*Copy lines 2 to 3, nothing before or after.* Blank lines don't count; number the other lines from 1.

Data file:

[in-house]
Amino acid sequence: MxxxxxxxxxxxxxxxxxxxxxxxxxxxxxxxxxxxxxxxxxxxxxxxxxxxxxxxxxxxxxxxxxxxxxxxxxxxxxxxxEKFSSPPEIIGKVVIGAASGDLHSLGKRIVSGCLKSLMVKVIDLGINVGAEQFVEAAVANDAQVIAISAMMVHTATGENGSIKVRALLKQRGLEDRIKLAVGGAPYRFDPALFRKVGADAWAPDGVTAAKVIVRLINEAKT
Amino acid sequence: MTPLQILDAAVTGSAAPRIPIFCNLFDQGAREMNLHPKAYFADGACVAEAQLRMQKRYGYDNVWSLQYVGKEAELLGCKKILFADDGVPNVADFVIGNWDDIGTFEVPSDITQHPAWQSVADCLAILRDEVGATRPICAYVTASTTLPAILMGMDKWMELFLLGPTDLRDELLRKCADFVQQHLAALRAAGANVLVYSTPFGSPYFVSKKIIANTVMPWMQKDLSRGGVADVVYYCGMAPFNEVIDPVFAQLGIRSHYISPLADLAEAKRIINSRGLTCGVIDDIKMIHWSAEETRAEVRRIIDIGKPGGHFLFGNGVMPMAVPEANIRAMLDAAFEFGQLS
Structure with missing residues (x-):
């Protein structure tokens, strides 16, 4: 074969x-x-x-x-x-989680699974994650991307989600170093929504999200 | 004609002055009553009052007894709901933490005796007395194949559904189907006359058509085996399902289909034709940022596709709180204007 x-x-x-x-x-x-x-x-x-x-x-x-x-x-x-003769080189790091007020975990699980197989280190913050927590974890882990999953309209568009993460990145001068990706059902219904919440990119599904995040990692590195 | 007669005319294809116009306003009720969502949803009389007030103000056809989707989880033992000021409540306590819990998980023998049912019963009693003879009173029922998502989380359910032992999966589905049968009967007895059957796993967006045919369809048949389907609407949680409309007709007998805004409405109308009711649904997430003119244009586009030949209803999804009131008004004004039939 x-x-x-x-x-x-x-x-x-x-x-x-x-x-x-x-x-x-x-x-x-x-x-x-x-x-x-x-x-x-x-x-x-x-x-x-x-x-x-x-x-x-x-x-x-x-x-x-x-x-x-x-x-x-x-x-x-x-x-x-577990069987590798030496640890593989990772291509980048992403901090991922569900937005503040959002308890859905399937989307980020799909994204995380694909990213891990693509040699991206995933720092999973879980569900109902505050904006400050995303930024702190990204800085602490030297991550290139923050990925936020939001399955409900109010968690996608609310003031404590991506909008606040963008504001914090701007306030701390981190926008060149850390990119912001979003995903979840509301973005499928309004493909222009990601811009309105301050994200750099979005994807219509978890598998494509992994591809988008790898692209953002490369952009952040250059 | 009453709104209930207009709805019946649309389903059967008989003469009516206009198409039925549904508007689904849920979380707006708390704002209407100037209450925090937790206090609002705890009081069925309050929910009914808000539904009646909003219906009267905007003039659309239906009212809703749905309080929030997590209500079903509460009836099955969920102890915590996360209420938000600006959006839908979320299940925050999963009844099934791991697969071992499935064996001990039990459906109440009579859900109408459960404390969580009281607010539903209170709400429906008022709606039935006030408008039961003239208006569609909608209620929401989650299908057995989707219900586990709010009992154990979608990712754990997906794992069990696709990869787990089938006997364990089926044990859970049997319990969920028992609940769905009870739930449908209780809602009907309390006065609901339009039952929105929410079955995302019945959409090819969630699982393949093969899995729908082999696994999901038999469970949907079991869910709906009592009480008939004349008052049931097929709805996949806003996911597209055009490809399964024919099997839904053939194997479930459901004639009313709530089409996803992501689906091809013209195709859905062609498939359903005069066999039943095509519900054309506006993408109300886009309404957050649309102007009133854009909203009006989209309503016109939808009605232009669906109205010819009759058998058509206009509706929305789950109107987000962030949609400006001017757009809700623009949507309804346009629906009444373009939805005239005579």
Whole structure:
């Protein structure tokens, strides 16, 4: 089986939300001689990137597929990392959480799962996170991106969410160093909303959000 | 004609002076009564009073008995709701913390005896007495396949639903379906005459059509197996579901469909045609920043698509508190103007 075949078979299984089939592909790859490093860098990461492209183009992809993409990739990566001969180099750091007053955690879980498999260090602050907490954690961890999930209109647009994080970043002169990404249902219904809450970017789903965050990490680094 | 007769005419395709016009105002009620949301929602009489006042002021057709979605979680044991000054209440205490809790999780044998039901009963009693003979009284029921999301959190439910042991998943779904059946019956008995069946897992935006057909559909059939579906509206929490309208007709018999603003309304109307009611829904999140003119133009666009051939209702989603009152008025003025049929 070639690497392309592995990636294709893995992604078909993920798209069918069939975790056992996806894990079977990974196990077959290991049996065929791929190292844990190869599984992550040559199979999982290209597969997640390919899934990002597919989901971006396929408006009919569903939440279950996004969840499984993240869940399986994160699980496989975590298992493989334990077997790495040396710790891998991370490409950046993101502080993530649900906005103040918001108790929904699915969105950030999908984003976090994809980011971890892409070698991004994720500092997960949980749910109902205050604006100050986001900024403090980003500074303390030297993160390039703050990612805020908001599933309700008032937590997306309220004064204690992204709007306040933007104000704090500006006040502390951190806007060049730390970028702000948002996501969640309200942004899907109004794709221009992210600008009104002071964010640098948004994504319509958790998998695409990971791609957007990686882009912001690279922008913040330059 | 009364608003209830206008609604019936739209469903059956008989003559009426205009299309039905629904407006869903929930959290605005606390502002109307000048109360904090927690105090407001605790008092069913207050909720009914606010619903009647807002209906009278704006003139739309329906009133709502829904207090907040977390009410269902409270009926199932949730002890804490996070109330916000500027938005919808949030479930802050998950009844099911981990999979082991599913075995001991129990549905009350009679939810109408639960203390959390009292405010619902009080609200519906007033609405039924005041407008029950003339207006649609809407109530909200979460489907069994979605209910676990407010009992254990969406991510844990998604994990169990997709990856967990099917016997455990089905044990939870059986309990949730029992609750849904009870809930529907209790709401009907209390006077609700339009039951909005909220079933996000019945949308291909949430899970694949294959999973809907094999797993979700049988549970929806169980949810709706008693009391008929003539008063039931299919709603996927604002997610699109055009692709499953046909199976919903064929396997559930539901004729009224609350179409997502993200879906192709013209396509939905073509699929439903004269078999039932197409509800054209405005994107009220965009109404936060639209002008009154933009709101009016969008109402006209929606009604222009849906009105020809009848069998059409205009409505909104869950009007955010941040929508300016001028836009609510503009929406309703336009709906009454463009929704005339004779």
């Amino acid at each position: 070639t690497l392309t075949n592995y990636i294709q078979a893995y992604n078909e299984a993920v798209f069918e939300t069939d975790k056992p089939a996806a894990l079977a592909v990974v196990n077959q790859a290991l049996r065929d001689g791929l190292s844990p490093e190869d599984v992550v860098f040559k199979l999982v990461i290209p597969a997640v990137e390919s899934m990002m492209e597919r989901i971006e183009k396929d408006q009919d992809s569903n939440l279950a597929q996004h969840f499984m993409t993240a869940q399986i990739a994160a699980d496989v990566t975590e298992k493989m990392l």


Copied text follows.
Amino acid sequence: MxxxxxxxxxxxxxxxxxxxxxxxxxxxxxxxxxxxxxxxxxxxxxxxxxxxxxxxxxxxxxxxxxxxxxxxxxxxxxxxxEKFSSPPEIIGKVVIGAASGDLHSLGKRIVSGCLKSLMVKVIDLGINVGAEQFVEAAVANDAQVIAISAMMVHTATGENGSIKVRALLKQRGLEDRIKLAVGGAPYRFDPALFRKVGADAWAPDGVTAAKVIVRLINEAKT
Amino acid sequence: MTPLQILDAAVTGSAAPRIPIFCNLFDQGAREMNLHPKAYFADGACVAEAQLRMQKRYGYDNVWSLQYVGKEAELLGCKKILFADDGVPNVADFVIGNWDDIGTFEVPSDITQHPAWQSVADCLAILRDEVGATRPICAYVTASTTLPAILMGMDKWMELFLLGPTDLRDELLRKCADFVQQHLAALRAAGANVLVYSTPFGSPYFVSKKIIANTVMPWMQKDLSRGGVADVVYYCGMAPFNEVIDPVFAQLGIRSHYISPLADLAEAKRIINSRGLTCGVIDDIKMIHWSAEETRAEVRRIIDIGKPGGHFLFGNGVMPMAVPEANIRAMLDAAFEFGQLS